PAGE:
20 Unknown Facts About Kaaba
There are some things that every Muslim knows about Makkah – but a lot of interesting information that very few people know. Amaze your friends with this unusual Makkah facts!
Despite being the spiritual heart of Muslims around the world, there are many things about Makkah that many do not know – until now.
Kaaba, small shrine located near the centre of the Great Mosque in Mecca and considered by Muslims everywhere to be the most sacred spot on Earth. Muslims orient themselves toward this shrine during the five daily prayers, bury their dead facing its meridian, and cherish the ambition of visiting it on pilgrimage, or hajj , in accord with the command set out in the Qur’an.
1. Not a Cube shape: the original design of Holy Kaaba was a rectangle.The cube-shaped structure is roughly 50 feet (15 metres) high, and it is about 35 by 40 feet (10 by 14 metres) at its base. Constructed of gray stone and marble, it is oriented so that its corners roughly correspond to the points of the compass.The interior contains nothing but the three pillars supporting the roof and a number of suspended silver and gold lamps. During most of the year the Kaaba is covered with an enormous cloth of black brocade, the kiswah. Two doors and a Window: The Kaaba initially had a door for entering and for exiting. It also had a window on one side as well. At present, there is only one door.
2. Located in the eastern corner of the Kaaba is the Black Stone of Mecca ,whose now-broken pieces are surrounded by a ring of stone and held together by a heavy silver band. According to tradition, this stone was given to Adam on his expulsion from paradise in order to obtain forgiveness of his sins. Legend has it that the stone was originally white but has become black by absorbing the sins of the countless thousands of pilgrims who have kissed and touched it.
3. Every Muslim who makes the pilgrimage is required to walk around the Kaaba seven times, during which he or she kisses and touches the Black Stone. When the month of pilgrimages (Dhū al-Ḥijjah) is over, a ceremonial washing of the Kaaba takes place; religious officials as well as pilgrims take part.
4. Makkah is one of the oldest continually inhabited cities in the world.
The Zamzam well alone is believed to be around 4,000 years old.
5. The city was never the capital of any Islamic empire.
But Muslim rulers did regularly contribute to its upkeep.
6. Not all of Makkah falls within the Haram boundary.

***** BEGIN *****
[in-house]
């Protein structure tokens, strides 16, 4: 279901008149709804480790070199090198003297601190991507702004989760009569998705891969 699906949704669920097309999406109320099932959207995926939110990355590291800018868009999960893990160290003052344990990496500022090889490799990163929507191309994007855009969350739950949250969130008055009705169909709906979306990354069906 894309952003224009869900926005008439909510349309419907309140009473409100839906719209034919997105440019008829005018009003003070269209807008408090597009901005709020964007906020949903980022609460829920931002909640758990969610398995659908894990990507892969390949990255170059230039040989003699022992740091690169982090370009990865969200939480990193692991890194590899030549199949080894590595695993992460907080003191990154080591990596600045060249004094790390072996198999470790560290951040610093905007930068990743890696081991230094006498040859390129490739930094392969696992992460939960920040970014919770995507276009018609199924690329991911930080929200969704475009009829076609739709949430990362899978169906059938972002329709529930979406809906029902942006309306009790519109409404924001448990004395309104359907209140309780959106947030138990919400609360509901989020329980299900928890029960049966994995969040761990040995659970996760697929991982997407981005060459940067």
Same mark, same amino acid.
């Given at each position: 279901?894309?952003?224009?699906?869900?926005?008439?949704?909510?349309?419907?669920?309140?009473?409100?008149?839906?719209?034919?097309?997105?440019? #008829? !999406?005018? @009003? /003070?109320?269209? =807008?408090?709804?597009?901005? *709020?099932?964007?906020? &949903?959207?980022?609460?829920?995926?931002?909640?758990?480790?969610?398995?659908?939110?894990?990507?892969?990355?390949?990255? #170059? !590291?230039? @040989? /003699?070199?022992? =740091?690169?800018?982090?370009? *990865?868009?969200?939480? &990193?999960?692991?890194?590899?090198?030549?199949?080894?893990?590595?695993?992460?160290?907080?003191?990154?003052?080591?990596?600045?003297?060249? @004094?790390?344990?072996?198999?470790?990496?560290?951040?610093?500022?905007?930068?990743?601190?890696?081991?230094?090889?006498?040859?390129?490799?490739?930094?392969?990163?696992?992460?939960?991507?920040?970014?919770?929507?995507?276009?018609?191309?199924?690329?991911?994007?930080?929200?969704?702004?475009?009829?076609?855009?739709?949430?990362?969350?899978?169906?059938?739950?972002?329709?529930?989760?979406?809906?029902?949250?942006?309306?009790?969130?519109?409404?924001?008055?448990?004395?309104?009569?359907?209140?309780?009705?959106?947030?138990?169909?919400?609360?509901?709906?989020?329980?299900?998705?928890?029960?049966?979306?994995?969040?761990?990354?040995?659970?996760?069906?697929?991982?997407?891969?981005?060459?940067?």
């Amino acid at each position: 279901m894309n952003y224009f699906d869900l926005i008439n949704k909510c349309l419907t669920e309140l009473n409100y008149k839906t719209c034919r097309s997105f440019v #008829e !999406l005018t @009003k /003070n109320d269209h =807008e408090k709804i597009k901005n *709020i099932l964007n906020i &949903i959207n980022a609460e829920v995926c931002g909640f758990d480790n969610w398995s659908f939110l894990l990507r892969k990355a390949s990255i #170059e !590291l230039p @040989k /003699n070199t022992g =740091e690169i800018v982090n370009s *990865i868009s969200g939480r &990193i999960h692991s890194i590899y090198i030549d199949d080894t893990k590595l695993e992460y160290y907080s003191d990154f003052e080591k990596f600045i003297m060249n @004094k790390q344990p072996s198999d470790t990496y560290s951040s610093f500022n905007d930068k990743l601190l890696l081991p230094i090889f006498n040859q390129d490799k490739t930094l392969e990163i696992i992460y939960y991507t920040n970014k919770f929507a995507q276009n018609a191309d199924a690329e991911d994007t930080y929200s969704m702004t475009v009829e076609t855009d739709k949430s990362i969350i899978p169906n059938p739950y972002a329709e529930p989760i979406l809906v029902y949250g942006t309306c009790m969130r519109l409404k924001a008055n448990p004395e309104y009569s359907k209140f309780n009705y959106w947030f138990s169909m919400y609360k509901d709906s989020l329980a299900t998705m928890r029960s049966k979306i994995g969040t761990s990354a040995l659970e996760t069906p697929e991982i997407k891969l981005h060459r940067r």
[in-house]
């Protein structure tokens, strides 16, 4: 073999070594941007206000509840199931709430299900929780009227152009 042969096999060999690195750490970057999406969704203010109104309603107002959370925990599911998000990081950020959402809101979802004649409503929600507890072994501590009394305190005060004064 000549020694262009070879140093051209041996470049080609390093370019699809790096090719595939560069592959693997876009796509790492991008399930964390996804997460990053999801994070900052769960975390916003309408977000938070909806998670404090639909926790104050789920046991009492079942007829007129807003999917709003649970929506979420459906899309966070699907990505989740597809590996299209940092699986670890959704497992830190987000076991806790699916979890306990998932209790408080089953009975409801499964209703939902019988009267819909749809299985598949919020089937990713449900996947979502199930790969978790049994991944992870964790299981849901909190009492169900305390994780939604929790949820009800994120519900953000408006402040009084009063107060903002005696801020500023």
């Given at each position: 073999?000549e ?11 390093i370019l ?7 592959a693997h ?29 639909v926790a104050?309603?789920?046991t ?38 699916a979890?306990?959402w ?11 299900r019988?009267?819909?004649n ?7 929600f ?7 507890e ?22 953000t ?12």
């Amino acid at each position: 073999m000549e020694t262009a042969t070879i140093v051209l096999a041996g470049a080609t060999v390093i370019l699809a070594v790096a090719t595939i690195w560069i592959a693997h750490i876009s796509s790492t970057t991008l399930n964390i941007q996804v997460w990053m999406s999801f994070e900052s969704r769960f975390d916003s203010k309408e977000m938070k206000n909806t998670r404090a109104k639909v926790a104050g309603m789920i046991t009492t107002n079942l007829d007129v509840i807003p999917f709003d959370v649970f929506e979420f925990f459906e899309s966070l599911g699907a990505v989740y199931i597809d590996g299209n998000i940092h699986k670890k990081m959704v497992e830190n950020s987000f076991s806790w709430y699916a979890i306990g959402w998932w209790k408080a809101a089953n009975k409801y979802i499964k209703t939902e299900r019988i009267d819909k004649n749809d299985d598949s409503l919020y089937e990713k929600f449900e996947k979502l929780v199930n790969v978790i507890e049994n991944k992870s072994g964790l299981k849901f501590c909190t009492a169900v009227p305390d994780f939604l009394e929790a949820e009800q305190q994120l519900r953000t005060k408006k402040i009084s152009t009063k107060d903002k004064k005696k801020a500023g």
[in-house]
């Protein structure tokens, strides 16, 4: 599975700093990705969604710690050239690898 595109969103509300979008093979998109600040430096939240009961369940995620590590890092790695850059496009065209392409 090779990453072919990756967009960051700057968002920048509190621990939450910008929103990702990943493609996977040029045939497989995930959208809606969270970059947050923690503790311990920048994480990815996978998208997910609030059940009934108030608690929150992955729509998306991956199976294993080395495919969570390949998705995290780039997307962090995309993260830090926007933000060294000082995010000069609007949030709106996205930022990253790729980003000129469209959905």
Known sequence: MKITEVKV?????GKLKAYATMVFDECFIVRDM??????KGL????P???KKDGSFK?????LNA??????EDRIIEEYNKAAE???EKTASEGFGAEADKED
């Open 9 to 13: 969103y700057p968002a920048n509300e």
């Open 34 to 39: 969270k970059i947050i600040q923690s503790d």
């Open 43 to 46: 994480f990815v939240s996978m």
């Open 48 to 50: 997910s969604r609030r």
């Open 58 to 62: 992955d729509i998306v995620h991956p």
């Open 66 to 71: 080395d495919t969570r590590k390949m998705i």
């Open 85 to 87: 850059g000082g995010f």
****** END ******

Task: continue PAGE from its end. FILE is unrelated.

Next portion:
There are many neighborhoods of the city, like Sharaya, which falls outside the Haram boundary.
7. The city used to be called Bakkah.
Nevertheless, some scholars suggest that Bakkah refers only to the Kaaba and the immediate areas surrounding it.
8. Apart from Bakkah, the Qur’an refers to the city as Umm Al Qura.
Umm Al Qura is Arabic for “Mother of All Settlements.”
9. Nowadays it is called Makkah Al Mukarramah.
This literally translates to “Makkah The Honored.”
10. While Madinah is known as the city of the Prophet (PBUH), it is Makkah where he spent much of his life.
The Prophet spent around 50 years of his life in Makkah.
11. Makkah’s population is estimated to be between 1.5-2 million.
This swells to close to 4.5 million during the Hajj season.
12. Saudi Arabia receives the highest number of tourists in the Middle East.
This is largely due to the millions of pilgrims that flock the cities of Makkah and Madinah.
13. In popular English usage, “Mecca” refers to any place that draws large numbers of people.
14. The city centers on the Masjid Al Haram area, which is lower than most of the city.
This made it prone to flash floods in the past.
15. The Black Stone hasn’t always been in Makkah.
In 930 AD, it was stolen by the Qarmatians, who took it with them to Eastern Arabia.
16. British newspaper The Telegraph listed Masjid Al Haram as the most expensive building in the world.
Its total cost of construction was at $100 billion.
17. No. 2 on the same list of the most expensive buildings was Abraj Al Bait, which is also in Makkah.
Abraj Al Bait holds other world records, including the records for having the tallest clock tower and the largest clock face.
18. It was multicolored: We all were under the impression that the Kaaba was always black whereas it was not black initially. The tradition was started by Abbasids whose favorite household color was black. Before it was finalized on black, the colors were Green, red and white as well.
19. One could swim in it: The problem that is faced is that since Makkah is in the center so when it rains it tends to get flooded. There were no sewerage and water control system. Like the usual, it rained so much that the Muslims had to swim to perform their Tawaf.
20. The early history of the Kaaba is not well known, but it is certain that in the period before the rise of Islam it was a polytheist sanctuary and was a site of pilgrimage for people throughout the Arabian Peninsula .The Qur’an says of Abraham and Ishmael that they “raised the foundations” of the Kaaba. The exact sense is ambiguous, but many Muslims have interpreted the phrase to mean that they rebuilt a shrine first erected by Adam of which only the foundations still existed. The Kaaba has been destroyed, damaged, and subsequently rebuilt several times since. In 930 the Black Stone itself was carried away by an extreme Shiʿi sect known as the Qarmatians and held almost 20 years for ransom. During Muhammed’s early ministry, the Kaaba was the qiblah or direction of prayer, for the Muslim community. After the Muslim migration, or Hijrah to Medina , the qiblah briefly switched to Jerusalem before returning to the Kaaba. When Muhammad’s forces conquered Mecca in 630, he ordered the destruction of the pagan idols housed in the shrine and ordered it cleansed of all signs of polytheism. The Kaaba has since been the focal point of Muslim piety.